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In the lamp trade? Oak Lawn man has the design for you

William Lange is looking for someone to manufacture his cheerful face lamps.

William Lange, with his lamps; when lit, they alternate colors from purple to pink to blue. He hopes to interest some manufacturer in selling them.
William Lange, with his lamps; when lit, they alternate colors from purple to pink to blue. He hopes to interest some manufacturer in selling them.
Neil Steinberg/Sun-Times

Mr. William Lange has a business proposition for you: manufacture and market his cheery globe lamp design, and enjoy a share of the profits.

He dangled that opportunity before me, several times, during the year I balked at writing about this. Each time I patiently explained that’s not how journalism works, and if I wrote about his lamps, he first must understand we did not have, nor could ever have, a business relationship.

Then there was the issue of what his lamps look like.

“I don’t want nobody to see them, copy them,” he told me, at first. But during our negotiations I explained he would have to take the risk; I can’t write about lamps that I can’t show readers.

Mr. Lange is a persistent man, and that caveat did not deter him. So shortly before Christmas I found myself on the Metra heading to Oak Lawn to inspect the goods.

Lange picked me up at the station in his tan Buick and drove me to his neat home where he has lived for 65 years.

“Behind me was a farm,” he said. “It’s sure built up around here, I will tell you that.”

Born in Danville, Lange turns 92 on Friday. We share an interest in concrete: he spent nearly 50 years driving a cement truck for Material Services.

“I got in at the start. I was the No. 1 driver,” he said. “All those high rises in the Loop? I bet I poured 50 percent of them. All the expressways — the Congress, that was done twice. The Stevenson.”

The lamps come in two models. First, I saw the molded head of a Grecian statue, flanking his garage. “I got a sculptor,” he said. “She made the mold. Then I took it down to a place that made an aluminum cast for it.”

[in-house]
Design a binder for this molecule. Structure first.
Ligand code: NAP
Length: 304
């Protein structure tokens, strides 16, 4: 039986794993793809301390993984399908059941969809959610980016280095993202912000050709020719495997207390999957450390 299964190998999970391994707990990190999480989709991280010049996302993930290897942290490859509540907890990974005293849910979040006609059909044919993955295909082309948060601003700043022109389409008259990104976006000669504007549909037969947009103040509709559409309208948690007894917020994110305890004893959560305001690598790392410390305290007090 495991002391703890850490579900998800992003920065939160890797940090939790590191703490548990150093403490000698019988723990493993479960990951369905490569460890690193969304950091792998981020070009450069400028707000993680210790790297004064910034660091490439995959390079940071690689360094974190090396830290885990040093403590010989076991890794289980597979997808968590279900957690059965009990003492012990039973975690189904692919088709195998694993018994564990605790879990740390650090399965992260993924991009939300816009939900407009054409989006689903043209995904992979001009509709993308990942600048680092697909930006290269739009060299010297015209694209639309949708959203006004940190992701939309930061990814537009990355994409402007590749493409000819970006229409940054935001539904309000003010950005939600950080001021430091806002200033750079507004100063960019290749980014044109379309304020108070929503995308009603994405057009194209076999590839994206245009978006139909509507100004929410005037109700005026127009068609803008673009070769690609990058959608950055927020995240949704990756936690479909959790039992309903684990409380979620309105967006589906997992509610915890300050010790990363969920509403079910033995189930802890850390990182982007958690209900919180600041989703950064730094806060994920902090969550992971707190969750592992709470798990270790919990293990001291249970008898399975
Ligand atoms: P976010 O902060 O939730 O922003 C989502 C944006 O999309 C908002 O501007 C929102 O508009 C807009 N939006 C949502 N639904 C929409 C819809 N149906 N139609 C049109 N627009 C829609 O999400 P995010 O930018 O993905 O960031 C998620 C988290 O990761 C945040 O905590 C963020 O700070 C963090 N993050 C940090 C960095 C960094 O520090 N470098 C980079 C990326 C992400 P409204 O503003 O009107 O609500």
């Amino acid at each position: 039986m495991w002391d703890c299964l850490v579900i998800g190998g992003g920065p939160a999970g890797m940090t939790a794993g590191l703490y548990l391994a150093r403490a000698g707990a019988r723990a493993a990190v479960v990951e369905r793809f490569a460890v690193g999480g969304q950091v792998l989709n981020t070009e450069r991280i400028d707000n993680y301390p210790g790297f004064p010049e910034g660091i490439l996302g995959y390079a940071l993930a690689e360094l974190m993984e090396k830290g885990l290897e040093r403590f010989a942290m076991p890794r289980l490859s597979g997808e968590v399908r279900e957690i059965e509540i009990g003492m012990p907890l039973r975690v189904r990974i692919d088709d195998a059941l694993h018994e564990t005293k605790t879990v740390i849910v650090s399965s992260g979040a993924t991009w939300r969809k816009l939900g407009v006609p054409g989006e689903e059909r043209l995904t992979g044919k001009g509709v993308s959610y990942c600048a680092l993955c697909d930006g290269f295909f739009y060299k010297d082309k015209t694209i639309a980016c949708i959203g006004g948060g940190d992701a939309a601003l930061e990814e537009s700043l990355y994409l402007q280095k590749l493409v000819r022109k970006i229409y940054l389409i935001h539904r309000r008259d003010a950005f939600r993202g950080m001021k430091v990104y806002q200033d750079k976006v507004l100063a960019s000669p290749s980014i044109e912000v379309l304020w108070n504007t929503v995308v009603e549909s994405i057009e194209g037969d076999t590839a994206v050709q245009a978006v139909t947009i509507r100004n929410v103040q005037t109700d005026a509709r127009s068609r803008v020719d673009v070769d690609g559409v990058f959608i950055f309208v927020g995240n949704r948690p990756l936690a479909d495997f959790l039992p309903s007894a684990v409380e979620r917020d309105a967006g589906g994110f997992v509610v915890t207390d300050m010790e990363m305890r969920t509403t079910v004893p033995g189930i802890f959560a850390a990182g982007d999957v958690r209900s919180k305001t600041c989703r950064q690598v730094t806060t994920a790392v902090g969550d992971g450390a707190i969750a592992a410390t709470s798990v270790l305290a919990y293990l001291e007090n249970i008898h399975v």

William Lange has also designed a lamp that is the head of a Grecian statue.
William Lange has also designed a lamp that is the head of a Grecian statue.
Neil Steinberg/Sun-Times

I’m no businessman, but I can see those statue heads blinking in the bars of every Greek restaurant in America.

Then he took me into the basement.

“Oh my God,” I said. Three dozen globe heads, glowing, changing colors. And a pair on mannequin bodies.

“I’ve been looking for somebody likes the idea, wants to help me out with it,” Lange said. “Like ‘Shark Tank,’ guys invest some money in it, get percentage of the company, 2%, 5%, I get somebody to do it for me. Put in newspaper, shop it around.”

Done. I suggested Lange sign his lamps and sell them as folk art. No dice.

Being a full-service columnist, I consulted with Brian Coleman, a partner specializing in intellectual property litigation at DrinkerBiddle.

“If it’s just a face on a globe, I don’t know what you would trademark,” he said. “There are three buckets: trademark, copyright and patent; all interrelated, each different type of protection.”

We spoke at length about the complexities, including a relevant 2000 Supreme Court case, Wal-Mart Stores v. Samara Bros., where the court ruled product design, like color, cannot be inherently distinctive.

“Consumers are aware of the reality that, almost invariably, even the most unusual of product designs — such as a cocktail shaker shaped like a penguin — is intended not to identify the source, but to render the product itself more useful or more appealing,” wrote Justice Antonin Scalia.

Then Coleman offered something I did not expect: a ray of hope.

“It’s not completely outside the range of plausibility there could be sufficient creativity reflected in lamp design, perhaps it could be entitled to some measure of copyright protection,” he said. “I’ve seen stranger stuff get a design patent. If over time consumers see this lamp to such an extent it so penetrates the market, they come to associate that type of facial design all coming from a single source...”

In other words, if people buy enough Lange lamps, he could, conceivably, prevent others from ripping off his design. But how to sell them? Do lamp companies buy designs over the transom?

“Once in a blue moon,” said Greg Law, national sales manager at Stiffel Lamps, of Linden, New Jersey. “Right now in our line, we have one design that came from a designer. We paid her for her design.”

“Everybody is always looking for the next design,” said Dan Saporito, general manager of Stiffel.

He did not want to see Lange’s lamps, but he left the door open.

“I will say this: if he wanted us to manufacture the lamp for him, if he brought us a quantity of 24, 36, we would manufacture it,” Saporito said.

I believe my work here is done. If someone wants to make Lange’s lamps, or pay Stiffel to do so, well, the ball is in your court. We all have our dreams, and dreams must be respected. They light our worlds, sometimes literally.

William Lange’s lamps flash various colors when lit.
William Lange’s lamps flash various colors when lit.
Neil Steinberg/Sun-Times